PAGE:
Merciful and Just

Dancing in the Kingdom – Table of Contents

[Bible references: Psalm 33:5; Proverbs 2:9; Isaiah 1:17; 56:1; Jeremiah 22:3; Micah 6:8; Matthew 18:21-35]

There is much in this world that is not just or righteous. As God’s servants, we are called to seek both. But just like the servant in the parable of the unmerciful servant we can forget the mercies shown to us when we are dealing with each other. There is much that makes us yearn for justice in a world filled with cruelty, but we need to remember that as God acted on his own demands of justice, he yet found a way to bestow great mercy on us.

The prophets of Israel, and even Jesus, condemned those people who acted in self-righteousness and did not seek justice and mercy for those around them. In our own search for justice, we should remember the entreaty in Micah 6:8, “What does the Lord require of you, but to do justly, love mercy, and walk humbly with your God.”[1]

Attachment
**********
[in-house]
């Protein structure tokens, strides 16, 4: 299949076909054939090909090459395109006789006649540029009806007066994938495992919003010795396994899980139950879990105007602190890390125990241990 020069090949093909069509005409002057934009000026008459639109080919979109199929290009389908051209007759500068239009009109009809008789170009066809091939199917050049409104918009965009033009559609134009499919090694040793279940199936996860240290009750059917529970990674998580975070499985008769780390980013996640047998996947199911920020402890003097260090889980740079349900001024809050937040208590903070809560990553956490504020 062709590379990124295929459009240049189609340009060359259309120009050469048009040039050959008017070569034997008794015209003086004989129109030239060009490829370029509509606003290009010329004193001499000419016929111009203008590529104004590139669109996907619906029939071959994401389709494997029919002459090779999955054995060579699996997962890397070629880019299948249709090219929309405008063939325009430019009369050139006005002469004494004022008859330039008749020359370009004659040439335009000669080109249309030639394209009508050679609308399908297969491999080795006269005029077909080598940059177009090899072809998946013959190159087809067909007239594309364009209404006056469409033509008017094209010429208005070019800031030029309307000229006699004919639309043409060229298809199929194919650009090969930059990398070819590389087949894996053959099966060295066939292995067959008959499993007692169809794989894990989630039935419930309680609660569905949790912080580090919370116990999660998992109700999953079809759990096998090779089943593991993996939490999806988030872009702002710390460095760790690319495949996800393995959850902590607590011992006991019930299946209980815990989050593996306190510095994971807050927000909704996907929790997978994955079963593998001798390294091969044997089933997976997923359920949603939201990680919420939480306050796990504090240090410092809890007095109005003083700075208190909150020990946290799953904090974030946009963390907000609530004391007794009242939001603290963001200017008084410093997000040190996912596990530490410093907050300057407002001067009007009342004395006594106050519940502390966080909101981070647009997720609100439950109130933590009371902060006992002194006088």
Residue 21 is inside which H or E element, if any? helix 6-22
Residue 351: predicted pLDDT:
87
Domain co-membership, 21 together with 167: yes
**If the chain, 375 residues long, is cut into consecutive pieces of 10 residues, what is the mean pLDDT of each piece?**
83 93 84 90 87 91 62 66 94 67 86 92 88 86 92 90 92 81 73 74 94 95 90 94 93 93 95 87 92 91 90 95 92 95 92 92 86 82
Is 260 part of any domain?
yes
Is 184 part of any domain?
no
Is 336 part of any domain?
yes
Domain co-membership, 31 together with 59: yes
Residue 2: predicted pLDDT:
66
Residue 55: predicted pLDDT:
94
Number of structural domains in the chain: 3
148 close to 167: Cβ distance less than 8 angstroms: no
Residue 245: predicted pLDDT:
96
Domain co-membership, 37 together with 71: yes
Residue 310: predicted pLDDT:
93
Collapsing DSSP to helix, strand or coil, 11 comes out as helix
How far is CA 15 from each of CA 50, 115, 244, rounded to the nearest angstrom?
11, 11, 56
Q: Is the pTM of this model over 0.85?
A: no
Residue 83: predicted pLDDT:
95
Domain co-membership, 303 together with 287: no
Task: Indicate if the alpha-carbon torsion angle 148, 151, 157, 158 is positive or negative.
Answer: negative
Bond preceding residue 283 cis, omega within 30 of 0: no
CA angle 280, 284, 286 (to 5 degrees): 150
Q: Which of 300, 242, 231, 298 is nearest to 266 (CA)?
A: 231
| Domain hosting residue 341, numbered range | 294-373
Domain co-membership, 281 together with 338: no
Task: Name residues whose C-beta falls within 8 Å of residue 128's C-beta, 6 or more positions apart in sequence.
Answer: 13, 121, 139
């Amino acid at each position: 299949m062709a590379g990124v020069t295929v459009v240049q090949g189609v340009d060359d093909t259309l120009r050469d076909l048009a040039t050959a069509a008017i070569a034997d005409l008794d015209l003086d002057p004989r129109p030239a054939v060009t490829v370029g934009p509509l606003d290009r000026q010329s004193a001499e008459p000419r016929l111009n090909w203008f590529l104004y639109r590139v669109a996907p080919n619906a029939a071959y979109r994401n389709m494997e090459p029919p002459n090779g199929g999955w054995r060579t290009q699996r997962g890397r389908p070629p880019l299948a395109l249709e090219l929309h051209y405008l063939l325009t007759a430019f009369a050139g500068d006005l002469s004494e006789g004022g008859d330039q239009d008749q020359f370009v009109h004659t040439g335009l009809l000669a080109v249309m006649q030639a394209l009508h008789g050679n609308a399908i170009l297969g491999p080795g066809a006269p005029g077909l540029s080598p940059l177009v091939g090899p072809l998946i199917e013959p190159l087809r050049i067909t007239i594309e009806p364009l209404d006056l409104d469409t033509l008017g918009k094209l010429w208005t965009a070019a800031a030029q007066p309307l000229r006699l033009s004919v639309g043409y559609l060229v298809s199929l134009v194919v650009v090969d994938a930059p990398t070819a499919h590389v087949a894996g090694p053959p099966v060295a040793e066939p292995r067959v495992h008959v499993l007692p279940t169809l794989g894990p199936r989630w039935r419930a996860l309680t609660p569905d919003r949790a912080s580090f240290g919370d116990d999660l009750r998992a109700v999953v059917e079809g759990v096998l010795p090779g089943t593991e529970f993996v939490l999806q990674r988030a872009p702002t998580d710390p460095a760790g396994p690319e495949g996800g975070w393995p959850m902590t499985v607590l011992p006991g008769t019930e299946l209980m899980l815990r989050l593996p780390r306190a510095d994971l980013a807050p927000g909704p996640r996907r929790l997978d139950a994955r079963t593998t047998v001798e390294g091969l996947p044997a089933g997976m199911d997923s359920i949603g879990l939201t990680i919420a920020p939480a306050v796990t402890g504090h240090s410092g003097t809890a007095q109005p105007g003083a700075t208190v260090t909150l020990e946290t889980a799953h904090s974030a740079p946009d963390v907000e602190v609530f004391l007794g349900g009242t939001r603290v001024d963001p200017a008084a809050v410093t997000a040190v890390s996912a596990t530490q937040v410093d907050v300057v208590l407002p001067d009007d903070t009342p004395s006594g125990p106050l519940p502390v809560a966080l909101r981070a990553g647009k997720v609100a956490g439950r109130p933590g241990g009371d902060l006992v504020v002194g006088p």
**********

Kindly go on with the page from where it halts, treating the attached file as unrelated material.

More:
[1] Owens, Nellie. “Four things everyone should know about humility” Activechristianity.com   activechristianity.org/4-things-everyone-should-know-about-humility; Britton, Doug. “The Bible shows the power in humility” http://www.dougbrittonbooks.com/onlinebiblestudies-selfworthandrespect/meaningofhumilityinthebible-humbleinbible/

Reflect

In what ways have you received mercy in your life?

Observe

Isaiah 1:17; Micah 6:8. Think about how humility relates to both mercy and justice. What implications does that have for how we treat others?

Author: transcendenttouched

I have been teaching the Bible to children and adults for over twenty years. Most recently, including teaching Discipleship/Confirmation classes. I have also been involved in various church leadership roles for many of those years. Until recently, my writing endeavors have been confined mainly to poetry. I've written an anthology of my first 40 years of writing poetry in my book, Growing. I have also written an overview of the Bible called, God Reveals Himself.

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